The Empire Stores rooftop in the foreground with the Brooklyn Bridge in the background . (© S9 Architecture/Imagen Subliminal)

Type: Mixed use
Uses: Office, retail, restaurant, entertainment parks, museum
Developers: Midtown Equities, HK Organization, Rockwood Capital
Designers: Studio V Architecture and S9 Architecture, Perkins Eastman
Size: 1.82 acres (0.74 ha)
Date acquired: September 2013
Date started: January 2014
Date opened: August 2016

Land Uses:

  • Buildings: 440,575 square feet (40,931 sq m)
  • Street/parking: None
  • Open space: 35,000 square feet (3,251 sq m) (green roof)
  • Total: 79,650 square feet (7,400 sq m)

Empire Stores is in a formerly vacant 19th-century warehouse on New York City’s Down Under the Manhattan Bridge Overpass (DUMBO) waterfront. The warehouse has been a landmark on the waterfront for more than a century and has become part of the urban fabric of the neighborhood.

Empire Stores is a mixed-use adaptive use project in a landmark historic district and was designed to retain and incorporate many of the building’s notable architectural features, including its large footprint, masonry facade, and schist structural walls. The building once acted as a barrier between Water Street and Brooklyn Bridge Park.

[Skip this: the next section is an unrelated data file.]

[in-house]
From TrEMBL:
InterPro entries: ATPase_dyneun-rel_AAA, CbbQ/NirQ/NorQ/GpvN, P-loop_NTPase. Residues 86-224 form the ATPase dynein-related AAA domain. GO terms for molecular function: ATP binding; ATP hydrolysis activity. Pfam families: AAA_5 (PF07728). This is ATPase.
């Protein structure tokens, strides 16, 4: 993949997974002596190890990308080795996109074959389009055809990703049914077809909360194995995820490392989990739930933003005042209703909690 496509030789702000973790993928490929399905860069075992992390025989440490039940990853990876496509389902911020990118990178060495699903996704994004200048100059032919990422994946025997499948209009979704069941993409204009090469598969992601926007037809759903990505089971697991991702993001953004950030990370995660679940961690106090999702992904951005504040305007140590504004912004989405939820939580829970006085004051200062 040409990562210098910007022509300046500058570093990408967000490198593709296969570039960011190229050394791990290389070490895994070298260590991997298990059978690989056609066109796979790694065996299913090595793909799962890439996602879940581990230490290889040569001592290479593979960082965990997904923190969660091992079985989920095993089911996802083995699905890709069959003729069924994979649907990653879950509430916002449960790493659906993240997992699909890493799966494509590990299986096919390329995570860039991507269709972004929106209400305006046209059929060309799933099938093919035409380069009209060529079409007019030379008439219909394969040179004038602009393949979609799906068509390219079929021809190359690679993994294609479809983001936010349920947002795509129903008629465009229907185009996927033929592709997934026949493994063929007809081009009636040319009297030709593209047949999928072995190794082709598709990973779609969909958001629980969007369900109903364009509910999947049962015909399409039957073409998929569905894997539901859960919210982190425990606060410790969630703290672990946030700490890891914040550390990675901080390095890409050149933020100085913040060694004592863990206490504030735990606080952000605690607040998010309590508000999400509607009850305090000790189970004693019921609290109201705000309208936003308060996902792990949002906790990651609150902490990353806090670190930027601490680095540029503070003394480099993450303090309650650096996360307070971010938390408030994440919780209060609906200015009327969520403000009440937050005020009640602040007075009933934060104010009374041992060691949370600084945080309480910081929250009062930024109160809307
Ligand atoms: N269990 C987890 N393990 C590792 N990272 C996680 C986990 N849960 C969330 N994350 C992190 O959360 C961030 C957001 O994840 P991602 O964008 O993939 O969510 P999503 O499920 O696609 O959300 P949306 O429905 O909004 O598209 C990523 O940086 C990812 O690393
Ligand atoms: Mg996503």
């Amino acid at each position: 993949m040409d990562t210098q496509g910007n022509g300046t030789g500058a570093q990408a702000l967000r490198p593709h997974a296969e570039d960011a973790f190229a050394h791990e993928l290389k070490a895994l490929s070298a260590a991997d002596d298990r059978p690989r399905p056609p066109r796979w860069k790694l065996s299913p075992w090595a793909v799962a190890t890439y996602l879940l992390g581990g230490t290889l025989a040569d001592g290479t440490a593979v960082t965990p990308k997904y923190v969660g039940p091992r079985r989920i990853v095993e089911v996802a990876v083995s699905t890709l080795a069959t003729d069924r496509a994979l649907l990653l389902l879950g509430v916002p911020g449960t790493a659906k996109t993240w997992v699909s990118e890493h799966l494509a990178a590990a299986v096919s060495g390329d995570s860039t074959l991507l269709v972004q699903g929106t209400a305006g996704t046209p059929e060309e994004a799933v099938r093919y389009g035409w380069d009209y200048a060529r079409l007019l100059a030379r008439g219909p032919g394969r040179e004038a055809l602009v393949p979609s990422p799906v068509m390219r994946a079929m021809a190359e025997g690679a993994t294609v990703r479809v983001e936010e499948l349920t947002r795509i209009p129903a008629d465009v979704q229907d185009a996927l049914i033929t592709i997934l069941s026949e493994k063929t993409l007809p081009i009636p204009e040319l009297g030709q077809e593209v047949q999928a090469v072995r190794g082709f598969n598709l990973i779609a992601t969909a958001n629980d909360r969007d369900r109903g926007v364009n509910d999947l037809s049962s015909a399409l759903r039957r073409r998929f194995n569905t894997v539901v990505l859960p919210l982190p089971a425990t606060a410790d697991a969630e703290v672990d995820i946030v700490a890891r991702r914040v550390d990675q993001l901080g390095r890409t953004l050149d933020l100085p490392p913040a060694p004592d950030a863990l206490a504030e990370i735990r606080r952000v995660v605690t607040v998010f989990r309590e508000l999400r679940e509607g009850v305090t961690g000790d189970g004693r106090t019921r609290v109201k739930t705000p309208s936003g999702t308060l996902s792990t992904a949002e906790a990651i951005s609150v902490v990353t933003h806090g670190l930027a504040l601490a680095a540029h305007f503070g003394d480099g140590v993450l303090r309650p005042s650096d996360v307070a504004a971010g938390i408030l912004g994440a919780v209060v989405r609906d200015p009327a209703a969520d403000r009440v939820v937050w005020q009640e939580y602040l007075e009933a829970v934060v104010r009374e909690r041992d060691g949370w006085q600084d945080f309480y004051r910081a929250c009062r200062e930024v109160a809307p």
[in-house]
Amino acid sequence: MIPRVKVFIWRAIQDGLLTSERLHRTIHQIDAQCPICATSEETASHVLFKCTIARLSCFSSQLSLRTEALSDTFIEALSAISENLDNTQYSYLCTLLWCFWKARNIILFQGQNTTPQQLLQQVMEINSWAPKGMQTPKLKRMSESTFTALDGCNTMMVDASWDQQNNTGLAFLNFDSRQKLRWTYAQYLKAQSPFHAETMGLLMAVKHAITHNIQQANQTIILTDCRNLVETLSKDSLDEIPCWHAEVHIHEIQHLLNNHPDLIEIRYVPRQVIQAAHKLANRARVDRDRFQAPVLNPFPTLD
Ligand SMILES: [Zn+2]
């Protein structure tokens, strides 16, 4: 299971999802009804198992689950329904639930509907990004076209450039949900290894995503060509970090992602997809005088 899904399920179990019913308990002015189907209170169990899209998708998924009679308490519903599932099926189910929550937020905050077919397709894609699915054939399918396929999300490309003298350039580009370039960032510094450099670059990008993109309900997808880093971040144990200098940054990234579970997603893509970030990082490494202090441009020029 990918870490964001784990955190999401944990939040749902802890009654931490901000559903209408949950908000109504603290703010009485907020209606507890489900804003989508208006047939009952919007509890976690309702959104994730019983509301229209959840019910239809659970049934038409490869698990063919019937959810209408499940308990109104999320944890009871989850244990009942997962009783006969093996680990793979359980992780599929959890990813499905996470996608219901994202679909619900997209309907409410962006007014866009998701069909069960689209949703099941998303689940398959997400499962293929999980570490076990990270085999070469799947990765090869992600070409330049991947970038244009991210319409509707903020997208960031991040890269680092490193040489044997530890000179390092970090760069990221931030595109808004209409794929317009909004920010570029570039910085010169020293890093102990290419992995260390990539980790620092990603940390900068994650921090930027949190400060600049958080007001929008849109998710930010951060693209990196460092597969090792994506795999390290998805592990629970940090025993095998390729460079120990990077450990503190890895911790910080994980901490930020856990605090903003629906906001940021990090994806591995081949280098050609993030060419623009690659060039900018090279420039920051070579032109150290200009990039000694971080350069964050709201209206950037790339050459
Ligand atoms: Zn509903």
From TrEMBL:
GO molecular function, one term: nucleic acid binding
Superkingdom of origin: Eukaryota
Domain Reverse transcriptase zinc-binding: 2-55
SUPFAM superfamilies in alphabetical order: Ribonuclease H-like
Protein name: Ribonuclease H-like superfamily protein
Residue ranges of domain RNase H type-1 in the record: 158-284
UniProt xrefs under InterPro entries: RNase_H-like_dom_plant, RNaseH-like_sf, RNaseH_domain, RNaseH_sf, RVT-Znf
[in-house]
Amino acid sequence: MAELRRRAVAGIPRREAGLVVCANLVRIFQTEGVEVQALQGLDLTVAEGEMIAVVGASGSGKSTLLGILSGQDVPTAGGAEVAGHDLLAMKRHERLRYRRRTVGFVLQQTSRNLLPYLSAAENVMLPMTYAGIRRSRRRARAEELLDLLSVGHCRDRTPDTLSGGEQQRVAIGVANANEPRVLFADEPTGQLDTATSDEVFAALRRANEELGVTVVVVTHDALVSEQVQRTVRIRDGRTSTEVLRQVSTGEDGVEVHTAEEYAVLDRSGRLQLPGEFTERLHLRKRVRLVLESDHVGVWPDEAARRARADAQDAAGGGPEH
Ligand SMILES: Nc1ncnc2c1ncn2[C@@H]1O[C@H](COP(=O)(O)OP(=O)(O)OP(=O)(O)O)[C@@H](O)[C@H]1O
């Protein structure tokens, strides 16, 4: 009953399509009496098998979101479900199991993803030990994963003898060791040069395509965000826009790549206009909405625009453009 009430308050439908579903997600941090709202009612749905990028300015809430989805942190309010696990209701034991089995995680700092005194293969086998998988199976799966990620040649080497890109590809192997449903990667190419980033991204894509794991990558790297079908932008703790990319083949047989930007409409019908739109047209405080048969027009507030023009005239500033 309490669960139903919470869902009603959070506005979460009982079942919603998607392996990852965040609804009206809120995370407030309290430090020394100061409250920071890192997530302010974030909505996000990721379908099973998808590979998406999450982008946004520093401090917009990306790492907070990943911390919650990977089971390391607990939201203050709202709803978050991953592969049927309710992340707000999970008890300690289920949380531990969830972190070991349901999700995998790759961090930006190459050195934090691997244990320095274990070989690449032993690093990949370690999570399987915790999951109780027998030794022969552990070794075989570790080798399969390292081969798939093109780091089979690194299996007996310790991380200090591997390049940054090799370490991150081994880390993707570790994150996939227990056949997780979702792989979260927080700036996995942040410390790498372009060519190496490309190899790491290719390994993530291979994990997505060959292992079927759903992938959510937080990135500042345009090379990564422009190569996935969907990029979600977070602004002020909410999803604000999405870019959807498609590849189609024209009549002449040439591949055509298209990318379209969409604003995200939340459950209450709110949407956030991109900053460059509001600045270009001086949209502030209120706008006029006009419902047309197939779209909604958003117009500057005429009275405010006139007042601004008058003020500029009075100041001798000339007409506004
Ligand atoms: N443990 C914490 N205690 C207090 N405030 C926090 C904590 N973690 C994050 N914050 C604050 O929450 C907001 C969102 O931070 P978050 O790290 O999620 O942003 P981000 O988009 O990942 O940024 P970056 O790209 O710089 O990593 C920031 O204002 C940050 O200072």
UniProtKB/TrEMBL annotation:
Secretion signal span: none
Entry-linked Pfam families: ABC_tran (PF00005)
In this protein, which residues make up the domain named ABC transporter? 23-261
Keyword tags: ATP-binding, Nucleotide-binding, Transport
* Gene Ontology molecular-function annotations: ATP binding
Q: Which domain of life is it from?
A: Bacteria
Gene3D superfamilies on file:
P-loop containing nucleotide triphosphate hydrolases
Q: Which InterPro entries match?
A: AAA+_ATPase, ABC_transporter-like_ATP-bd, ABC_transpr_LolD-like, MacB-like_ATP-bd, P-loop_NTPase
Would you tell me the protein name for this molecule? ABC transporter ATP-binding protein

In the renovation, part of the masonry was cut away to create a pedestrian path from Water Street through the building, into a new courtyard, and to the park. Empire Stores partnered with Brooklyn Bridge Park to bring the park into the building through its 7,000-square-foot (650 sq m) fifth-floor terrace, which is open to the public and accessible through the courtyard.

In addition to its green roof, the building uses a closed-loop water source heat pump and has achieved Leadership in Energy and Environmental Design (LEED) Silver certification. The reanimated complex features 380,000 square feet of creative office space over five floors, including a two-story contemporary addition on the roof.

The building is 100 percent leased. Tenants include West Elm, which leased one-third of the space, 70,277 square feet (6,529 sq m) of retail; the Brooklyn Historical Society, which has gallery space on the second floor; a beer garden; and several restaurants. These teants, in addition to the public space and park access, have made Empire Stores a creative and community hub at the center of Brooklyn’s Tech Triangle.

Exterior facade of Empire Stores in 2019. (© S9 Architecture/Imagen Subliminal)

This article is one of 11 highlighting this year’s winners of the ULI Global Awards for Excellence.